The Fool card, which is numbered "0," is the first of the Major Arcana cards. The most commonly known version of it, which is from the Rider-Waite-Smith deck, is of a young man who seems either unconcerned by or oblivious to the fact that he is about to step off the edge of a cliff. A small white dog accompanies him, a white sun shines above him, and in one hand he holds a stick with a knapsack at the end, while in the other, he holds a white flower.
Two of the most familiar interpretations of this card seem at first glance to be diametrically opposed. One view of this card is to see it literally as a foolish risk, in which case it is an admonition to look before you leap.
Thus, we might say that the Fool is a buffoon who refuses to face reality or who is unable to foresee the dire consequences of his course of action. On the other hand, this card may depict a leap of faith, which implies the proverbial promise "leap, and the net will appear." In that case, this card has a deeply spiritual meaning wherein the white sun overhead signifies our divine potential as well as the divinity that watches over and protects those who are innocent and pure of heart, such as children and fools.
So how shall we reconcile these two disparate views of this card? Certainly, both interpretations have their place. There are times when we face a foolish risk that we should avoid, and there are other times when we should take that leap of faith. The trick is to know which is which.
The difference between a foolish risk and a leap of faith lies in the soulful-ness of our intentions. Are we following the dictates of our heart and soul, or are we acting out of fear, desperation, or greed? Every time we come to a precipice in our life’s journey, we would do well to consider this question, for there is a spiritual aspect to everything we do, regardless of how mundane our course may seem. So our answer to the question, "Is this step part of my spiritual journey, or have I strayed from that path?" can tell us if we should take that leap.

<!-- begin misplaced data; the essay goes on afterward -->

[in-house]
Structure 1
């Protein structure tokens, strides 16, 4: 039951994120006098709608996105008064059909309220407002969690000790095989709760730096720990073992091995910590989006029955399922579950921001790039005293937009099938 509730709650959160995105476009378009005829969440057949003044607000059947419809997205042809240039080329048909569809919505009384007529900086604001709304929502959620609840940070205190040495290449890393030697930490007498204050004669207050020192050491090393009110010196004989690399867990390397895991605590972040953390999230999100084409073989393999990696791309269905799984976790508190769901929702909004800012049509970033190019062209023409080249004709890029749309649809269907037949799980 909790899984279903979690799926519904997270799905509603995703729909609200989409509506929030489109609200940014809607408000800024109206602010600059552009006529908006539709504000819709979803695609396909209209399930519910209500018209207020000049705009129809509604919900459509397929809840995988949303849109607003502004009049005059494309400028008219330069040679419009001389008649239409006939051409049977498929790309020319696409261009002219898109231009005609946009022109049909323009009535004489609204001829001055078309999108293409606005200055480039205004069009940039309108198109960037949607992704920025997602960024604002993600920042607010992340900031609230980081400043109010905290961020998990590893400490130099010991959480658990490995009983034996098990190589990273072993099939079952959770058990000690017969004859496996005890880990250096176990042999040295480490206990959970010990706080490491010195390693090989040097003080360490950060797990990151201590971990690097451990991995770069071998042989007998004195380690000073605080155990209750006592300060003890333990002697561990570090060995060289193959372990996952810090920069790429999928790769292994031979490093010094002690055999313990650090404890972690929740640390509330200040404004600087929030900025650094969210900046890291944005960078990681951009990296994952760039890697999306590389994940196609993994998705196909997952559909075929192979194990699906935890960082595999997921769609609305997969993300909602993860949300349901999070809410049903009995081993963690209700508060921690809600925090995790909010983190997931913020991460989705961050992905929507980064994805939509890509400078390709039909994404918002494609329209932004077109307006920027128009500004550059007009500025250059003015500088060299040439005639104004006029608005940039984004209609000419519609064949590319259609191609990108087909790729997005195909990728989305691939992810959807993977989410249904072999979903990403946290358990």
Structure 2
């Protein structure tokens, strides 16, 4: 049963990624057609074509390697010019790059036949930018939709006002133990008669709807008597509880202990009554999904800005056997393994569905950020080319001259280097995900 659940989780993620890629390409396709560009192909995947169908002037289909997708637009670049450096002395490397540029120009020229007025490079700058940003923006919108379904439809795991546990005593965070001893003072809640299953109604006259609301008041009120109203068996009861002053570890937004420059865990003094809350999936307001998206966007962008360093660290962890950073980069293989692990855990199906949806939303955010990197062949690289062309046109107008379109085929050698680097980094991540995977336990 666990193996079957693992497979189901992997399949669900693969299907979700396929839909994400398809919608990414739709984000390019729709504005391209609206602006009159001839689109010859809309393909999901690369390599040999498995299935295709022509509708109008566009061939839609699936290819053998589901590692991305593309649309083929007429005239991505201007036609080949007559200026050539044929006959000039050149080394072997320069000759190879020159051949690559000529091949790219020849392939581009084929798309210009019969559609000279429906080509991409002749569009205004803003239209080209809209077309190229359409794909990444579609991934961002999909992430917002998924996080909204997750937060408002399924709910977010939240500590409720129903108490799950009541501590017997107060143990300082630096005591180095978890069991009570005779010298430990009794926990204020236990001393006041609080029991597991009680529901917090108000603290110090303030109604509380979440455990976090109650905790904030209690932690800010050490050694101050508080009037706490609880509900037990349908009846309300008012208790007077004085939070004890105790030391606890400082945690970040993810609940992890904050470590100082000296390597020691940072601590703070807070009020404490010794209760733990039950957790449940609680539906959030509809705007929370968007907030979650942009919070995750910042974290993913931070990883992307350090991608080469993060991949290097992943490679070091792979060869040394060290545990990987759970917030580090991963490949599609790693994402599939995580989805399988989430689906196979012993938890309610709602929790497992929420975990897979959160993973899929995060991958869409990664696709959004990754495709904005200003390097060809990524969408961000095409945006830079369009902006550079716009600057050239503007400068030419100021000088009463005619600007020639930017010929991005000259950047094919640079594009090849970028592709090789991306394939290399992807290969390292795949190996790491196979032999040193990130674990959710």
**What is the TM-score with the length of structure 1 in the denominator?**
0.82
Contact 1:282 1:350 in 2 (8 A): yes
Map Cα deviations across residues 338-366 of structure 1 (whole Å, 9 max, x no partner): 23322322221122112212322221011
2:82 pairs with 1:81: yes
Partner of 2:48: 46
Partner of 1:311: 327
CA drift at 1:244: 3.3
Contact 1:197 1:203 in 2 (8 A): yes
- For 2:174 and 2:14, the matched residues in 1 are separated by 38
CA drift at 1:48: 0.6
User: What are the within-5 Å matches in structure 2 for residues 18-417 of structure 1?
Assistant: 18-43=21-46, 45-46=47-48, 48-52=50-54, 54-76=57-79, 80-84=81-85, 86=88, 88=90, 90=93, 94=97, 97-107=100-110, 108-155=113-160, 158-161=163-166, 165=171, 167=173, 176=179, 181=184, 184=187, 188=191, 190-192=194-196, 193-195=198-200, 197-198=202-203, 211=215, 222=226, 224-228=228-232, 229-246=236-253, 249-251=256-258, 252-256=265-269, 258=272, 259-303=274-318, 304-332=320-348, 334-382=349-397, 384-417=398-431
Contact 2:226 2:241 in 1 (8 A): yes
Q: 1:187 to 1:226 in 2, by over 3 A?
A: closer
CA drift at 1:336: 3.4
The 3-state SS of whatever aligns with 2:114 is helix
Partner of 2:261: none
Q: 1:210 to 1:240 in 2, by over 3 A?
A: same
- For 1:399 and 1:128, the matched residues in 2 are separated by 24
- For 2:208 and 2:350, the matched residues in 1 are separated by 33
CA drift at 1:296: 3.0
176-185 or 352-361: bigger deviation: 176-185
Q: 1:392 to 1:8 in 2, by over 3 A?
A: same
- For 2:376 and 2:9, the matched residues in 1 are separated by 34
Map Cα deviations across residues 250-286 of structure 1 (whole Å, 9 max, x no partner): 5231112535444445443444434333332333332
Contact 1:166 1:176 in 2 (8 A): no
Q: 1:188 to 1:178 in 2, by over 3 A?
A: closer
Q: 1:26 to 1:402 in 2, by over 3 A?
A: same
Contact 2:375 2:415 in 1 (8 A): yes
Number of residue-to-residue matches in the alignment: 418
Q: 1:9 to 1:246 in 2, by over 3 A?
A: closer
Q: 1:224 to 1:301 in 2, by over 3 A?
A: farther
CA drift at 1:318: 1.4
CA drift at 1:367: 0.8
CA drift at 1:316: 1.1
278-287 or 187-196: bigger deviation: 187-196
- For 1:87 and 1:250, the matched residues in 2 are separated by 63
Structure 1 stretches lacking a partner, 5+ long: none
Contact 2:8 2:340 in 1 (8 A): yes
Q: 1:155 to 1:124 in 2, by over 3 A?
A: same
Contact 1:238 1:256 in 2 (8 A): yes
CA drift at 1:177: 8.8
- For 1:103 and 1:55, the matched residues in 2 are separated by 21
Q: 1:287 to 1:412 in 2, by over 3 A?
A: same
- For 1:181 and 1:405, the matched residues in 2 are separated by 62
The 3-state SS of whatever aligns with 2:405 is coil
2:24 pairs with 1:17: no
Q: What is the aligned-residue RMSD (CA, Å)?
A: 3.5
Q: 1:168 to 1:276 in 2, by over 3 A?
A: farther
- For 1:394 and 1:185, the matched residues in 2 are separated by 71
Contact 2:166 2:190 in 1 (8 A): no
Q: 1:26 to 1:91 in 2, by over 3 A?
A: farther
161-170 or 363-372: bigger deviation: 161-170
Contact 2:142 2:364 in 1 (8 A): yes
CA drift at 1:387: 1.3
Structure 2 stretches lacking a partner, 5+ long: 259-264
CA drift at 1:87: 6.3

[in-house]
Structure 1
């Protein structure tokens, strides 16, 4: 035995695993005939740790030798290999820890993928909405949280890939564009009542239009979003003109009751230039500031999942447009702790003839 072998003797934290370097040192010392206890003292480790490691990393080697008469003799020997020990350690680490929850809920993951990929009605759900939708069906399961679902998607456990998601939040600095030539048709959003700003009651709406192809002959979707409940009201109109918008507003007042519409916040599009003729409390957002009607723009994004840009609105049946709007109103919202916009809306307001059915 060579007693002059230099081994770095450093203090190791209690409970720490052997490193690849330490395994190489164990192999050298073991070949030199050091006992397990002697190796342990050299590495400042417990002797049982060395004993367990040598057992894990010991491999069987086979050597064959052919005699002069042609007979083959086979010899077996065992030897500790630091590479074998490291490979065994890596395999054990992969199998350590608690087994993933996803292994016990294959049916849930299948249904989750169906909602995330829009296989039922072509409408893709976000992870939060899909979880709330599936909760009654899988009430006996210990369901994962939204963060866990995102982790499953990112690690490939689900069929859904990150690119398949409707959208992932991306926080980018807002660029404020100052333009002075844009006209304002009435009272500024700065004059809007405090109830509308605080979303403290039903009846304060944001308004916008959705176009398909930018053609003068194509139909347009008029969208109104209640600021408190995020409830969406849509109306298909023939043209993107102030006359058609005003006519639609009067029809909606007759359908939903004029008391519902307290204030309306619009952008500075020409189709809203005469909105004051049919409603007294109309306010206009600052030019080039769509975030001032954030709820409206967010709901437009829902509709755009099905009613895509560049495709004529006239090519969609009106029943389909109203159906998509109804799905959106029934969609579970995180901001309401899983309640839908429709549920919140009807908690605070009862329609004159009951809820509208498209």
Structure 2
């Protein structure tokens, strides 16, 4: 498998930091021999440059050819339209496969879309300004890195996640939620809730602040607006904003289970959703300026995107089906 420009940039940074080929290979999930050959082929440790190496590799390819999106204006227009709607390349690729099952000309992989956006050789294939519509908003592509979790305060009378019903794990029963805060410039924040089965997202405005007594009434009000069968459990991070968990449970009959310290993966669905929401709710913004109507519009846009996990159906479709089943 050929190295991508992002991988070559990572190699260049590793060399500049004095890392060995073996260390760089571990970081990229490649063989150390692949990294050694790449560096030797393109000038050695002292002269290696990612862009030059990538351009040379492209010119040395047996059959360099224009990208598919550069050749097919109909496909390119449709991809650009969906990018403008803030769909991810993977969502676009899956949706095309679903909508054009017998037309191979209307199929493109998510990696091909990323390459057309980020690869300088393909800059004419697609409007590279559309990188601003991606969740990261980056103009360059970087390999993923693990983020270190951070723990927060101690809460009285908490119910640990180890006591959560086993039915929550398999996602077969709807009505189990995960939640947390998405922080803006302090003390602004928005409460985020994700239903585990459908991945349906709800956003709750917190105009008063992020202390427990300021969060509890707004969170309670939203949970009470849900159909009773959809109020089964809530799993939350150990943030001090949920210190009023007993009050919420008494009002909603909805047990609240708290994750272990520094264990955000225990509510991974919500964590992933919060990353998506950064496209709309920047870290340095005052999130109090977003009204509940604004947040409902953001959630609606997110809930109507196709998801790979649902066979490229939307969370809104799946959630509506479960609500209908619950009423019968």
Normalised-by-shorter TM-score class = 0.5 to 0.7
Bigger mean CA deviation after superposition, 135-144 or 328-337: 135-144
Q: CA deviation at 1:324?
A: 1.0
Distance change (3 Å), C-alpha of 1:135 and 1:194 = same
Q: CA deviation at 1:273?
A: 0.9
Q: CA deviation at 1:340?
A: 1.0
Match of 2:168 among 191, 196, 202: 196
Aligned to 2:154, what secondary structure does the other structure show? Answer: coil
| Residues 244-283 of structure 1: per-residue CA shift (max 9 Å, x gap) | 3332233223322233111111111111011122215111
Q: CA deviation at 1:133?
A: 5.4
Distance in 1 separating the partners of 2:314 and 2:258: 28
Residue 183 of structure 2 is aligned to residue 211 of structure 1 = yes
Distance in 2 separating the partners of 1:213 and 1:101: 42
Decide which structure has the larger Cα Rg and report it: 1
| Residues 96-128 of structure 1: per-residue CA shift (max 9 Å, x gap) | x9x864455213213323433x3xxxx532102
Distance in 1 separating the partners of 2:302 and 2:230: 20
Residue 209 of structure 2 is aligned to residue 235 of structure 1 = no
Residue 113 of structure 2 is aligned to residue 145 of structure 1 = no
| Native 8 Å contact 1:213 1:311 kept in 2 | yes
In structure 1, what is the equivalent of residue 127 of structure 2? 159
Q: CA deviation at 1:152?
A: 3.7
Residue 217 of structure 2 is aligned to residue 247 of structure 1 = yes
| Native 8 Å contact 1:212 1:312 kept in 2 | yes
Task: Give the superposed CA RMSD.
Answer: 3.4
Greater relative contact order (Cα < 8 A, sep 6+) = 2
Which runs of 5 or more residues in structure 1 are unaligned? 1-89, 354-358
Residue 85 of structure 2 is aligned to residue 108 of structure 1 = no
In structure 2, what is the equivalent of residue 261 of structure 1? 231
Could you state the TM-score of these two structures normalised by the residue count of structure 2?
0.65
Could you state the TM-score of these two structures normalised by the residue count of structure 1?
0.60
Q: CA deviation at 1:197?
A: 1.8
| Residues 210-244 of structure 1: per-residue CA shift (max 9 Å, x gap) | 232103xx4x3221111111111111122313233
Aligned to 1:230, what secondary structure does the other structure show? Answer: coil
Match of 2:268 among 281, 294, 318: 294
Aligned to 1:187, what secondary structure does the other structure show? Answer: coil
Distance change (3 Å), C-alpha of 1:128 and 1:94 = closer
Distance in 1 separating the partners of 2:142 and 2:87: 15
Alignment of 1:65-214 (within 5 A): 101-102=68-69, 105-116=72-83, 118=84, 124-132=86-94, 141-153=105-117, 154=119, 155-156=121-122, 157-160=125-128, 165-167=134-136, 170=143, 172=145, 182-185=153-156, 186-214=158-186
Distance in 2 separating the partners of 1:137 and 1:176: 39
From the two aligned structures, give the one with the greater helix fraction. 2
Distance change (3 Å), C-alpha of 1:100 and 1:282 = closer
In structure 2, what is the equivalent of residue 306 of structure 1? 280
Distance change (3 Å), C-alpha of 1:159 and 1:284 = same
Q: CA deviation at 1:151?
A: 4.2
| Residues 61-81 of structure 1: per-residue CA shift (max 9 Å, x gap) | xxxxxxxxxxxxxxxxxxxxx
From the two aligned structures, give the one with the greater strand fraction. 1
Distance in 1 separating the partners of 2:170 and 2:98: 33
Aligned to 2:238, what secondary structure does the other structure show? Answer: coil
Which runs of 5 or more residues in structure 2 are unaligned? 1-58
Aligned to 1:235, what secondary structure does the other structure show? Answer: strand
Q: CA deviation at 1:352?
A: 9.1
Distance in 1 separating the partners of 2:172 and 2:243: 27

This is, of course, a deeply personal decision that no one else can make for us. In fact, a leap of faith usually looks like a foolish risk to other people, for our connection to the divine source requires a free spirit and an independence from conventional ties. It is precisely when we march to the beat of a different drummer, unfettered by society’s traditional structures, that we are able to hear the soft, gentle voice of the Spirit of the Universe.
Consequently, a profound piece of advice that this card offers all of us is to search with a pure and innocent heart for our true path in life, then follow that path faithfully, even if other people think it is foolish. And when we come to a precipice along the way, take a leap of faith, trusting that the Universe will catch us and carry us where we need to go.
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James Ricklef is a Tarot reader, lecturer, and writer. He has been a frequent workshop presenter at Tarot conferences and symposia from Los Angeles to New York. He is the author of several Tarot books, including Tarot Tells the Tale which was first runner up in the General Interest category for the 2004 Coalition of Visionary Resources (COVR) Awards. (A revised version of that book is now available as Tarot Reading Explained.) He is also the creator of the acclaimed Tarot of the Masters deck.